Ithaca, N.Y. – Researchers affiliated with Cornell University have participated in a controversial study that intentionally manipulated the news feeds of almost 700,000 Facebook users, according to Slate.com.
The study, which was published in the Proceedings of the National Academy of Sciences, was coauthored by Dr. Jeffrey T. Hancock, professor of communications and information science at Cornell.
The study tested whether changing the number of positive or negative posts a person sees on their Facebook newsfeed would affect how much positive or negative content they would post about themselves, according to the study.
In order to conduct this study, the researchers tweaked Facebook’s news feed algorithm so certain users would see more positive posts, while others would see more negative ones. The researchers did this without contacting the users or informing them that they were being subjected to an experiment, according to Slate.com.
Ah, informed consent. Here is the only mention of “informed consent” in the paper: The research “was consistent with Facebook’s Data Use Policy, to which all users agree prior to creating an account on Facebook, constituting informed consent for this research.”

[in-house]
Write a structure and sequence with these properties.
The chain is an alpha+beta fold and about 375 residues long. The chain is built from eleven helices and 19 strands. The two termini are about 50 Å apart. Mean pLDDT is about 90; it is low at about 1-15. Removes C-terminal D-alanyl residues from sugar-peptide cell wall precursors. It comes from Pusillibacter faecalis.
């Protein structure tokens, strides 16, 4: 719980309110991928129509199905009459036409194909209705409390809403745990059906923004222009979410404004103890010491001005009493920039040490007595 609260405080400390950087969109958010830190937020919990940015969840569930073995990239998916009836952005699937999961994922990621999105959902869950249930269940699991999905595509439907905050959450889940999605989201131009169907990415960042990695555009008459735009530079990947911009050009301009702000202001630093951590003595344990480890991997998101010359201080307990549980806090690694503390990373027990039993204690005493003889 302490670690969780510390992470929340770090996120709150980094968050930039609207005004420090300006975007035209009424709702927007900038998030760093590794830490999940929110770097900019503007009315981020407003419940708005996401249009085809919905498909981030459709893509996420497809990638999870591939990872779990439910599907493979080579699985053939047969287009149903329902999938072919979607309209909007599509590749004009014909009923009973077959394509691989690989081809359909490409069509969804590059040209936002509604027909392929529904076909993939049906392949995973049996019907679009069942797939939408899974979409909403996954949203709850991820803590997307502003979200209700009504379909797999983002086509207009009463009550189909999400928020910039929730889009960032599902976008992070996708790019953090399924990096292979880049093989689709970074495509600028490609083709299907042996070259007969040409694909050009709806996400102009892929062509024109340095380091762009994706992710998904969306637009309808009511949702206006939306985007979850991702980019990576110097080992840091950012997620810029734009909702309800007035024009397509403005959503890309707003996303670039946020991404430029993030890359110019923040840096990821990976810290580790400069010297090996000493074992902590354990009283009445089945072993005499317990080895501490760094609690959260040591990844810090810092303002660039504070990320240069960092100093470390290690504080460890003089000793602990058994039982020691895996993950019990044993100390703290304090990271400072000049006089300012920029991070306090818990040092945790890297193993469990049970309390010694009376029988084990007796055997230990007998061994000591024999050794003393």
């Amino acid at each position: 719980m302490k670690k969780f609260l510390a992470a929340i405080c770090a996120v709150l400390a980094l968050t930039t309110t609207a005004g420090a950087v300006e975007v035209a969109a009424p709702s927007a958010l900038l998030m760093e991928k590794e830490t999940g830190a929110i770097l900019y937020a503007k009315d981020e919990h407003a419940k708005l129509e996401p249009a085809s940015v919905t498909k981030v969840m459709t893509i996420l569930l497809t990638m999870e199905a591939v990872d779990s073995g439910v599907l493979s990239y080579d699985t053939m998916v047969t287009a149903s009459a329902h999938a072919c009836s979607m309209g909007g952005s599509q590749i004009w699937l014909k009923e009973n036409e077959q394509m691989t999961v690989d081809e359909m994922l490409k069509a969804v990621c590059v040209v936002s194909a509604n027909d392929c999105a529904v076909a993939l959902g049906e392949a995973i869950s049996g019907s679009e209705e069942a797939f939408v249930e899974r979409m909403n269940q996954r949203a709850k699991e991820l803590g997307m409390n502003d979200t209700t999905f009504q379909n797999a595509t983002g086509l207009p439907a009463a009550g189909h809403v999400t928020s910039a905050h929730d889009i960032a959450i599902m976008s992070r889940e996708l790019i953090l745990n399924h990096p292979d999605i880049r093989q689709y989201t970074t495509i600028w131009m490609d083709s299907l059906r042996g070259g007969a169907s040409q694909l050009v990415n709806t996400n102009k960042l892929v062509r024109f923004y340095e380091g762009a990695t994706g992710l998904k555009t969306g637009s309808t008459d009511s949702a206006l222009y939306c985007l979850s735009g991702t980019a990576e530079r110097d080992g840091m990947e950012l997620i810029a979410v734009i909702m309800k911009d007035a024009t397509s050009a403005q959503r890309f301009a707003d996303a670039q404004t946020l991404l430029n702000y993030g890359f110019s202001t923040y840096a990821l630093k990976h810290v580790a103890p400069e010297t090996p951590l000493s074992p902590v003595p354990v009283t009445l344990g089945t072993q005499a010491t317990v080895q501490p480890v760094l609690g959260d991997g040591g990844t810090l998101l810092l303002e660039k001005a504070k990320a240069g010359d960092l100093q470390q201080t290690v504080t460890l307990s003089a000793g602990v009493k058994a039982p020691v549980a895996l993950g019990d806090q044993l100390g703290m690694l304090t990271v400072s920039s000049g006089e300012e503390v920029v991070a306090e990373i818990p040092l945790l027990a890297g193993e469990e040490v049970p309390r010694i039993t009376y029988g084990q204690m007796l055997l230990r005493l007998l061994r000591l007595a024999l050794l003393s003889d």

That is not how most social scientists define informed consent.
Here is the relevant section of Facebook’s data use policy: “For example, in addition to helping people see and find things that you do and share, we may use the information we receive about you … for internal operations, including troubleshooting, data analysis, testing, research and service improvement.”
So there is a vague mention of “research” in the fine print that one agrees to by signing up for Facebook. As bioethicist Arthur Caplan told me, however, it is worth asking whether this lawyerly disclosure is really sufficient to warn people that “their Facebook accounts may be fair game for every social scientist on the planet.”